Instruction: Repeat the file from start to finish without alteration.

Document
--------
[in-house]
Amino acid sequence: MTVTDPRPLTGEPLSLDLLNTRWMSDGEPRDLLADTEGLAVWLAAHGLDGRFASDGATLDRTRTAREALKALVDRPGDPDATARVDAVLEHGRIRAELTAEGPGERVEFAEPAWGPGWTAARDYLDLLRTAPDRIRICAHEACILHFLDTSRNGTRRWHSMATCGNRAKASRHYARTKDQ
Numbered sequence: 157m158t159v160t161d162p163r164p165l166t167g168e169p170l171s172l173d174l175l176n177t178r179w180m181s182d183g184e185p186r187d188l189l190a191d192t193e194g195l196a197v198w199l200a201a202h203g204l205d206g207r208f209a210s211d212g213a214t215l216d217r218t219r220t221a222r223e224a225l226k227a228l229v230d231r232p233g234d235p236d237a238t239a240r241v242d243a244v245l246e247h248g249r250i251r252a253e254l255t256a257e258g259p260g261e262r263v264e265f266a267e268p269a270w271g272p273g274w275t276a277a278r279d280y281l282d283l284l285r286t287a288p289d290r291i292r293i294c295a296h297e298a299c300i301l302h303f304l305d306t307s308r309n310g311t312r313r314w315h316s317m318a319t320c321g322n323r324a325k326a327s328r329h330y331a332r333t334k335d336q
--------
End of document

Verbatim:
[in-house]
Amino acid sequence: MTVTDPRPLTGEPLSLDLLNTRWMSDGEPRDLLADTEGLAVWLAAHGLDGRFASDGATLDRTRTAREALKALVDRPGDPDATARVDAVLEHGRIRAELTAEGPGERVEFAEPAWGPGWTAARDYLDLLRTAPDRIRICAHEACILHFLDTSRNGTRRWHSMATCGNRAKASRHYARTKDQ
Numbered sequence: 157m158t159v160t161d162p163r164p165l166t167g168e169p170l171s172l173d174l175l176n177t178r179w180m181s182d183g184e185p186r187d188l189l190a191d192t193e194g195l196a197v198w199l200a201a202h203g204l205d206g207r208f209a210s211d212g213a214t215l216d217r218t219r220t221a222r223e224a225l226k227a228l229v230d231r232p233g234d235p236d237a238t239a240r241v242d243a244v245l246e247h248g249r250i251r252a253e254l255t256a257e258g259p260g261e262r263v264e265f266a267e268p269a270w271g272p273g274w275t276a277a278r279d280y281l282d283l284l285r286t287a288p289d290r291i292r293i294c295a296h297e298a299c300i301l302h303f304l305d306t307s308r309n310g311t312r313r314w315h316s317m318a319t320c321g322n323r324a325k326a327s328r329h330y331a332r333t334k335d336q